We need to protect and honor our veterans.
Honoring Our Veterans
A group of students at Catholic Memorial High School, an all-boys college-prep school in West Roxbury, Massachusetts, held a funeral recently for a homeless veteran that they didn’t even know. John T. Fitzmaurice died on Nov. 6 and had no relatives to claim his body. These students heard that this 68-year-old Chelsea veteran would not be given a proper burial, so they decided to take the role of his family and give him the funeral that he deserved.
The students found out that the homeless man they knew only as Jon had no living relatives, and they decided to do something out it. The school partnered with Lazarus Ministry and Lawlar and Crosby Funeral Home to plan a proper funeral. They wanted to pay homage to the veteran and lay him to rest.
From The Catholic Memorial President
According to Catholic Memorial President Dr. Peter Folan, “Paying homage to a veteran, to bring him to our campus, to provide the burial rite he deserves, honor his legacy, and to help our boys realize that we have to stand with those that are marginalized. Those that are poor, those that many of our community casts out.”
So if you thought that all teenagers do are take selfies, you were wrong.
Helping Those Who Need It
Catholic Memorial said that this is a testament to the students at the school. This kind gesture shows their students’ true character, and how they are devoted to helping those in need. While the students didn’t even really know the man, they were grateful for his service and wanted to honor the sacrifices that he had made.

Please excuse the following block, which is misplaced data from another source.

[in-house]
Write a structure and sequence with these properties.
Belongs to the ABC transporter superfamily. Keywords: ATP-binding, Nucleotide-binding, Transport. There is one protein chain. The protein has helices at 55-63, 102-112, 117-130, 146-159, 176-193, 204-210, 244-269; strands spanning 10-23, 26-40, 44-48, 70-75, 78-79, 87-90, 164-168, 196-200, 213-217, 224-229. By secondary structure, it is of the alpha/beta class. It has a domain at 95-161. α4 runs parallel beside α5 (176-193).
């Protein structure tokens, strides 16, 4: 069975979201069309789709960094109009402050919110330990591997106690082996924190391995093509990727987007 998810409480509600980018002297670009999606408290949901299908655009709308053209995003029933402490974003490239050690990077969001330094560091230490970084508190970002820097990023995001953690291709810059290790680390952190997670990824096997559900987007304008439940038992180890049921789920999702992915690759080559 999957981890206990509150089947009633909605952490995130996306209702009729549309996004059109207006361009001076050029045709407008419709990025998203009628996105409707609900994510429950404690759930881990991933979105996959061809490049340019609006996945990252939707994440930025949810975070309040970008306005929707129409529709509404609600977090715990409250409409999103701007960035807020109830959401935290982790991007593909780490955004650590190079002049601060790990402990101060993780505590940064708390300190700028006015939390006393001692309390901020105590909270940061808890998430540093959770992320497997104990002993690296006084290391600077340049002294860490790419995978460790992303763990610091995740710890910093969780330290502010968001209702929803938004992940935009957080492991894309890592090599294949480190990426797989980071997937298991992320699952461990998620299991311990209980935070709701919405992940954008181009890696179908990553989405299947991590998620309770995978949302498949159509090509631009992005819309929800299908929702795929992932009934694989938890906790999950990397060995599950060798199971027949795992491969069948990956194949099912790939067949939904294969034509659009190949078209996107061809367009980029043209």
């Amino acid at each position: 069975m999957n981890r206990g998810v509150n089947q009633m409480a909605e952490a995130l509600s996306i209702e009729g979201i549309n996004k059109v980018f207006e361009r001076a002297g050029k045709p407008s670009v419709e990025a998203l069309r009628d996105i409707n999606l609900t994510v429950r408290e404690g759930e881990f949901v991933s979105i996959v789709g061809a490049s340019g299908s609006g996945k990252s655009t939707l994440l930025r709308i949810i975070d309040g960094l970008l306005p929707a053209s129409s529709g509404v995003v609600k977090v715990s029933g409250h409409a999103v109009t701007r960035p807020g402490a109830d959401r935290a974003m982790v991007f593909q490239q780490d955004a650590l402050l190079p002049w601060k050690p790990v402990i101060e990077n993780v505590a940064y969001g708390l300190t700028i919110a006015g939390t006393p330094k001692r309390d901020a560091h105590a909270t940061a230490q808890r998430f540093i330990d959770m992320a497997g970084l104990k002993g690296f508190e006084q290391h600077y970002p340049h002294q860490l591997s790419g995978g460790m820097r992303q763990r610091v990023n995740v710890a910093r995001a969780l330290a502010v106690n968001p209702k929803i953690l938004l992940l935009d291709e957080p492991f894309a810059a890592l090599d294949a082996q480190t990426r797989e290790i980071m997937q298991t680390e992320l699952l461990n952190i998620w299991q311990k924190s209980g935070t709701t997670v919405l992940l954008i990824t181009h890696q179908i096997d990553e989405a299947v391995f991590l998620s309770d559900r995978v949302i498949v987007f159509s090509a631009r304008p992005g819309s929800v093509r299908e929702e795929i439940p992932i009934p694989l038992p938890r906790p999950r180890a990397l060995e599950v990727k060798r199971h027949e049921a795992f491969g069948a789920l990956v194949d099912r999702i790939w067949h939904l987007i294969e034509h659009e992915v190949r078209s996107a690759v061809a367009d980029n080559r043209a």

Laid To Rest
Fitzmaurice was laid to rest at Massachusetts Veterans Memorial Cemetery in Winchendon. He was given a full funeral mass in the chapel of Catholic Memorial School. The boys planned a full military funeral for him.
They Honored Him
They honored him by draping a flag over his coffin. They then carried him into the church, where they had a moving service in his memory. These boys are truly amazing.
Falling Through The Cracks
Statistics show that we are failing those who have served our country. While they deserve our respect for protecting us, we are letting them fall through the cracks. According to the National Coalition for Homeless Veterans, veterans make up about 11 percent of the United States homeless population, and 45 percent of those homeless vets are African American and Hispanic.
How Can You Help?
These students decided to honor and respect veterans and to do something. So, how can we take their lead and help veterans that are in need? The good news is that there are many community-based organizations that offer services from housing to counseling to helping veterans get back on their feet.
Support Our Veterans
There are support emergency shelters where you can donate clothes, personal items, food or make cash donations. For a list of homeless veteran service providers in each state, click here. This is a great resource and will give you a place to start.
You Can Volunteer
If you have the skillset and the time, you can volunteer as a mentor, counselor or legal aid. Some veterans come back and they need help learning basic life and social skills. They need employment training and placement and many need substance abuse counseling. If you are a lawyer, you can also donate your time to help veterans with any legal issues that are standing in the way of getting their life back.
You can also help raise funds for different programs. Contact local churches, schools and businesses and see if they are interested in helping you raise money. You can also reach out to large corporations and see if they would be interested in an employee matching program.
And last, like the boys of Catholic Memorial High School, you can help develop homeless veteran burial programs. There are several programs that have been developed over the years that are dedicated to giving homeless veterans proper burials with military honors. For more information on a successful national program, check out Dignity Memorial. Kudos to these boys for giving John the funeral that he deserved. He fought so we can be free and we owed it to him to give him a proper goodbye. RIP John.